Every day there is a gesture or action from mothers, grandmothers, and mother figures that likely goes unnoticed and should be applauded and praised. Especially in the last year those mothers/grandmothers/mother-figures did the unthinkable and survived the unprecedented year we call 2020 and still tirelessly continue their efforts into 2021. So this Mother’s Day, join me in giving them the much-deserved praise.

  • To the working moms who tackled virtual learning with kids at home and still managed to do their own job from home or whose job could only be done by physically showing up to work. Way to go and hooray for a return to in-person learning (Teachers we thank you too!)
  • To the stay-at-home moms whose isolation and sense of loneliness reached a peak during the lockdowns. KUDOS to you for being so strong through this and yay for the gradual return of playdates and social interaction.
  • To the first-time moms who experienced pregnancy and delivery with so many restrictions and rules that quickly vanished your ideal thoughts of what having your baby would be like. Congratulations on your perseverance through this mess!
  • To the grandmothers who were suddenly stripped of the joy of being physically close to your grandchildren, we know how hard it was to be physically distant from your loved ones. Hooray for vaccines and getting to hug and kiss your loved ones once again!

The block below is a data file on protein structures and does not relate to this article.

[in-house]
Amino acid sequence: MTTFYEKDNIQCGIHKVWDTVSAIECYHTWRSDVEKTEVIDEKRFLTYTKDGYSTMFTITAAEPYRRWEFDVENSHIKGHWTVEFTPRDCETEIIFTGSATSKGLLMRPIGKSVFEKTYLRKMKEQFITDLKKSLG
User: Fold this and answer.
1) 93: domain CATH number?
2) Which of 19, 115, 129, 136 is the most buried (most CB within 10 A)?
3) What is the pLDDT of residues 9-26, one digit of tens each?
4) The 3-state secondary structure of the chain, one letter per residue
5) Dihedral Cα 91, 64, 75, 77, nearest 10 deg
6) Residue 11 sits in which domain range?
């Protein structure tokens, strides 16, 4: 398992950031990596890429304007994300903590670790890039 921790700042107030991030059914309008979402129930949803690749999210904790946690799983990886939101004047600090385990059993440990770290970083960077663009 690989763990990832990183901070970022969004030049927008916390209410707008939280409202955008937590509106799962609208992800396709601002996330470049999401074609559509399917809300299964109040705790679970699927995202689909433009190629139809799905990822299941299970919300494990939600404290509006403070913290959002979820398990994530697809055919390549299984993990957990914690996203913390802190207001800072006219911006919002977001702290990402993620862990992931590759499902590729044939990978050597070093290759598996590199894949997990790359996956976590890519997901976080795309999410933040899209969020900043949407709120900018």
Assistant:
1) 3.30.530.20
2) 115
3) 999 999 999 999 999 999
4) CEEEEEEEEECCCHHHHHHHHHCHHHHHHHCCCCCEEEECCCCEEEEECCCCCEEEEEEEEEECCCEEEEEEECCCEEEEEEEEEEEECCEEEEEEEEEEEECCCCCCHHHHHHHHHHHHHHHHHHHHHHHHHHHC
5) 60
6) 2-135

• To those that have lost a mother/mother figure we know the upcoming holiday will be especially hard. Regardless of the cause of death of the loved one, it is especially true that this year many more people than usual will be spending this day without their beloved mother/mother figures due to the COVID-19 pandemic. There is no magical activity or remedy that will suddenly wipe away the pain of missing someone. So let yourself be ok with knowing that the void that person has left may be immense but to also acknowledge the huge role your mom played and still continues to play in your life, you may find some relief or a sense of peace.

I personally experienced two of these (working mom multi-tasking galore and the loss of my grandmother) in the last year and while it has not been easy, I know it has shaped me in a way no other experience will, and for that I am thankful. I hope you spend today and every other day knowing that you are appreciated and that you ROCK!

Happy Mother’s Day.